When the show does reach for a laugh—not an actual one, but the sort of silent laugh you might experience watching Succession—the writing isn’t sharp or quippy enough for any of it to land. This is most evident (and cringey) when we see Owen engage with his colleagues, Violet (Aarti Mann) and Lester (Colton Dunn); they both go out of their way to make his job miserable, seemingly because he’s young and good-looking and their general counsel (Vondie Curtis Hall) trusts him with hefty tasks. (It is genuinely annoying that their boss, who is Black, has so much blind faith in this inexperienced white, male, recent law grad, but this isn’t really examined.)

Owen’s co-workers are positioned as the show’s comedic relief, giving you hints of The Office whenever they poke fun at Owen’s naivety. (The show even uses a shaky handheld camera.) But their constant prodding and pranking falls flat. Overall, you get the impression that, if The Recruit had a better grip on what genre it wanted to be and what shows it wanted to emulate, both the writing and performances would be slightly stronger.

Speaking of performances, The Recruit is a total waste of Centineo’s capabilities as an actor, which is mostly to make you wish he was your boyfriend. The Black Adam star is not the most skilled or dynamic actor working in Hollywood right now—which maybe speaks to why he primarily thrives on social media and in the streaming space as opposed to being cast in bigger projects.

But he’s definitely cultivated enough of a reputation on the internet to imbue his characters with enough magnetism, desirability, goofiness and delightful himbo-ness to keep us watching. However, The Recruit, with all of its blandness and misguided choices, doesn’t give Centineo many opportunities to shine, as a sex symbol or simply a funny dude. Instead, we spend a frustrating amount of time watching him recite thinly written monologues that only underscore his weaknesses as an actor or do a low, gravely Bruce Willis impression.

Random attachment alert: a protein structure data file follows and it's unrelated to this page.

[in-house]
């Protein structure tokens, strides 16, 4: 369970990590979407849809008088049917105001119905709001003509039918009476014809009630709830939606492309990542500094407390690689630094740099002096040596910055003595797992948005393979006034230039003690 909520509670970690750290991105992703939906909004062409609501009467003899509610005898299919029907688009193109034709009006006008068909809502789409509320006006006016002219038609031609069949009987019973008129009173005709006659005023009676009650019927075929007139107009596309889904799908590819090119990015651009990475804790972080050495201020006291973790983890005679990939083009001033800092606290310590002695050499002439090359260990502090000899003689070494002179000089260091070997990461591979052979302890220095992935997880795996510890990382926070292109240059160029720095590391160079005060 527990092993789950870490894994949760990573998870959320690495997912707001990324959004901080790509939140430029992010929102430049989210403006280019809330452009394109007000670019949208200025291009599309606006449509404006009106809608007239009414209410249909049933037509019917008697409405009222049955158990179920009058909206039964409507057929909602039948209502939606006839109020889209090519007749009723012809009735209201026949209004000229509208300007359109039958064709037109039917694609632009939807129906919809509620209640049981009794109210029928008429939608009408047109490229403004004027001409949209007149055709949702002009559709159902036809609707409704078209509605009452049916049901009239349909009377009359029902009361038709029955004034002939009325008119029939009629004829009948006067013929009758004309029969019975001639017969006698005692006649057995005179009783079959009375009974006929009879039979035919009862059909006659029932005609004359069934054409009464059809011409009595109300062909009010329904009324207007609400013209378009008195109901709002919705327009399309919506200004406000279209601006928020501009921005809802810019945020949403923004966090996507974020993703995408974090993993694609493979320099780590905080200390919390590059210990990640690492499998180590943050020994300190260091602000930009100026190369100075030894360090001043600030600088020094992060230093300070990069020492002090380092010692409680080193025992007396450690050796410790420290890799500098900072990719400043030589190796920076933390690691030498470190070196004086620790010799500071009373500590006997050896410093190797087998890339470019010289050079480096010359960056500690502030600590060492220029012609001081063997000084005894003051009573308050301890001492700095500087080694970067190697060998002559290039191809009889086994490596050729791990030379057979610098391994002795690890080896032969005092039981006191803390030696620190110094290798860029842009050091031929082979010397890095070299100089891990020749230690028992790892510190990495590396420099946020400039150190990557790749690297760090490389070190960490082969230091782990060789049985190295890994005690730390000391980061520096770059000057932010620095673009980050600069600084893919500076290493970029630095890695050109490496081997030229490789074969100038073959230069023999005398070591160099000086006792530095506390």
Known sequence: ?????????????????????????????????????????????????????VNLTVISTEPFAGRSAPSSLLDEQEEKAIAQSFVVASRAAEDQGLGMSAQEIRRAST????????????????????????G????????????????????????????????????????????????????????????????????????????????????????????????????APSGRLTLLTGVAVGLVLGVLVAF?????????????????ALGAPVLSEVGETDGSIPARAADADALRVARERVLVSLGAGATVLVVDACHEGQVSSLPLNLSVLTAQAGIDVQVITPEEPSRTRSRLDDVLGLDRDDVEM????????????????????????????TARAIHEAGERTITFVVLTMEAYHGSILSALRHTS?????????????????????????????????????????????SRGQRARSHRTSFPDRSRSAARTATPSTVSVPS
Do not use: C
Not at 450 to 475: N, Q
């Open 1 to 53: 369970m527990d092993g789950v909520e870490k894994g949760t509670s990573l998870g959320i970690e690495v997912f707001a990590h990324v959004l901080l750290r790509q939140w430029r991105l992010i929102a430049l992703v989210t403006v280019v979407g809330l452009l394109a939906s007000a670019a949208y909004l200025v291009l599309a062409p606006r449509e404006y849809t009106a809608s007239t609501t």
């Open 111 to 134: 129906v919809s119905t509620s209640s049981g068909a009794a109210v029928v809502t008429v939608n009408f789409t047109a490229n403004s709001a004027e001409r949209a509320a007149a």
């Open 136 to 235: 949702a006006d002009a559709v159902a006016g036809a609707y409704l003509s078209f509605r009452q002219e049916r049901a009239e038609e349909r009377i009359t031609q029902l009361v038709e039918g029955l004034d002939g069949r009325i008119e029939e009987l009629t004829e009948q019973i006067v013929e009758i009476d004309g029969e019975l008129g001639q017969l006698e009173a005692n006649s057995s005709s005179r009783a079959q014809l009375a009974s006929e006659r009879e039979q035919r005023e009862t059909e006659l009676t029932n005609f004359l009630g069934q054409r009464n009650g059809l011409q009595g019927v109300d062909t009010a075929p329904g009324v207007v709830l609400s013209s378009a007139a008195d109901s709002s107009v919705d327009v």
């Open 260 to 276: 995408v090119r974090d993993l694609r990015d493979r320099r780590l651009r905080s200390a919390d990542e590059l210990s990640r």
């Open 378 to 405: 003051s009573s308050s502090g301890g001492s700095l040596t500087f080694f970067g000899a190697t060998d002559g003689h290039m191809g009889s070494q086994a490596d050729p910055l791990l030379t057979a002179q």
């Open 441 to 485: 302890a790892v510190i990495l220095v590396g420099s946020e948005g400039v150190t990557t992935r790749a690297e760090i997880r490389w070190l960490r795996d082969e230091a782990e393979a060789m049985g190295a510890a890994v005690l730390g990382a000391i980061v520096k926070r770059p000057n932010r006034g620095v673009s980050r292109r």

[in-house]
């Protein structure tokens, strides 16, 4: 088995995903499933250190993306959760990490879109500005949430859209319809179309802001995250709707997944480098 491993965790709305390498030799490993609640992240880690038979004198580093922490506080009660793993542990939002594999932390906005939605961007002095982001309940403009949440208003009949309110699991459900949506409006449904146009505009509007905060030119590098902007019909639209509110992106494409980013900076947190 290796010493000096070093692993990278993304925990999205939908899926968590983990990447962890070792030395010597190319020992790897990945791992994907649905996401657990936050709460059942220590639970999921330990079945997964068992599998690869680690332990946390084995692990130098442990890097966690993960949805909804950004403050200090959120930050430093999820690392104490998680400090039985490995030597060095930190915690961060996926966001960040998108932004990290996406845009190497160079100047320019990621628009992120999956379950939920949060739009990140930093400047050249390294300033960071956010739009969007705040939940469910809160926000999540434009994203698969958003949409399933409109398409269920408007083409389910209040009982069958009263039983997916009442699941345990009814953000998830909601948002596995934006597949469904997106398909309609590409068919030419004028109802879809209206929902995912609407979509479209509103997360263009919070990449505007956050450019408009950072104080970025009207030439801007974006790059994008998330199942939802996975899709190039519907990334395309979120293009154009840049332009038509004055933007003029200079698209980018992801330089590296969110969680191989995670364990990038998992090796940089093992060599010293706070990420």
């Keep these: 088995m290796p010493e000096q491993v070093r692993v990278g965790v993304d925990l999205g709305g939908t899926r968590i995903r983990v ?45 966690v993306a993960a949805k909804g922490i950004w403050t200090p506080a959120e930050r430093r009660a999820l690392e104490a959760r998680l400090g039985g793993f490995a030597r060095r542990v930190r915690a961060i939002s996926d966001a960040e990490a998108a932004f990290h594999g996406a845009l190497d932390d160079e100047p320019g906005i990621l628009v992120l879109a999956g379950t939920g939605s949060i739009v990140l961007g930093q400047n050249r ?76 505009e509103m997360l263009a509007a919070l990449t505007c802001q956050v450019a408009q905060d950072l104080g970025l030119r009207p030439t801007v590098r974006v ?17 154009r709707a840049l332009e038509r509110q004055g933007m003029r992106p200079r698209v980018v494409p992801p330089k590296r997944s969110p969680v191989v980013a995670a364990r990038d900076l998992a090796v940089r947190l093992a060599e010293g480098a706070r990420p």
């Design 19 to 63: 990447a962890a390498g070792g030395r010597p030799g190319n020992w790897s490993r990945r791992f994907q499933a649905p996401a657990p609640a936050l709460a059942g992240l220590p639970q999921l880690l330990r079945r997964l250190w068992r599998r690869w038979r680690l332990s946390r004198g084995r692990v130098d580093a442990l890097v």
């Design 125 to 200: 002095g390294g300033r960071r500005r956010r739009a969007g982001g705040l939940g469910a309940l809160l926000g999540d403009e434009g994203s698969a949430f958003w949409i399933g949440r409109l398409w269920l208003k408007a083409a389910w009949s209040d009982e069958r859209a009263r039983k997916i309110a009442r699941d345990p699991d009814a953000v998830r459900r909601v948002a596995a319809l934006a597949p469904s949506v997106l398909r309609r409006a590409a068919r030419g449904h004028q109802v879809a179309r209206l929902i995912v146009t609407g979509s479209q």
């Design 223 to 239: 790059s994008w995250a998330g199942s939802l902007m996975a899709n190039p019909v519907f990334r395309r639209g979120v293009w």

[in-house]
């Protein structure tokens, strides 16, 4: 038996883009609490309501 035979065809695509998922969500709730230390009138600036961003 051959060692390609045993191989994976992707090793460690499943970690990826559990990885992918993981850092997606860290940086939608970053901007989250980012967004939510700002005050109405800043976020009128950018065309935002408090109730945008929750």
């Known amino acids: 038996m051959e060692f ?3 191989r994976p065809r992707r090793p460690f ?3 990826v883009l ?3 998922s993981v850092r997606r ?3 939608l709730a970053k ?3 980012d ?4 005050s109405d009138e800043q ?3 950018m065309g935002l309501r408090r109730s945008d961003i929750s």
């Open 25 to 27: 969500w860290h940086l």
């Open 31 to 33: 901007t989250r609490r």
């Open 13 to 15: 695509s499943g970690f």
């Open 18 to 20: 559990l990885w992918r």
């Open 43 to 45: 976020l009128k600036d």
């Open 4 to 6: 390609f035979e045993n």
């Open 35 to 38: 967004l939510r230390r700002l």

It’s clear that Centineo—more often than not, a supporting actor—was looking for a challenge when he took on this project, which he also executive-produces. However, there’s no character to be studied or compelled by in Owen, whose personal depth is limited to having a deceased father, who’s mentioned in a perfunctory manner, and not being a total jerk to women. When asked by an operative (Angel Parker) why he doesn’t just go with the flow at work and blend in with colleagues, he responds that he “despises the cool kids” due to his secondary school trauma. The way this is uttered is extremely funny, but, of course, the show doesn’t realize it.

In sum, watching The Recruit is like watching a blank avatar run around in a video game for eight hours. Or a poorly written version of Barry. The show is too focused on the complicated (but boring) puzzle it’s created for its protagonist that fails to create fascinating inner lives or dynamics between the people involved. Overall, I left my eight-hour sitdown with this series wondering, “What is this extremely tedious, glaringly algorithmic project for?” Oh yeah, streams.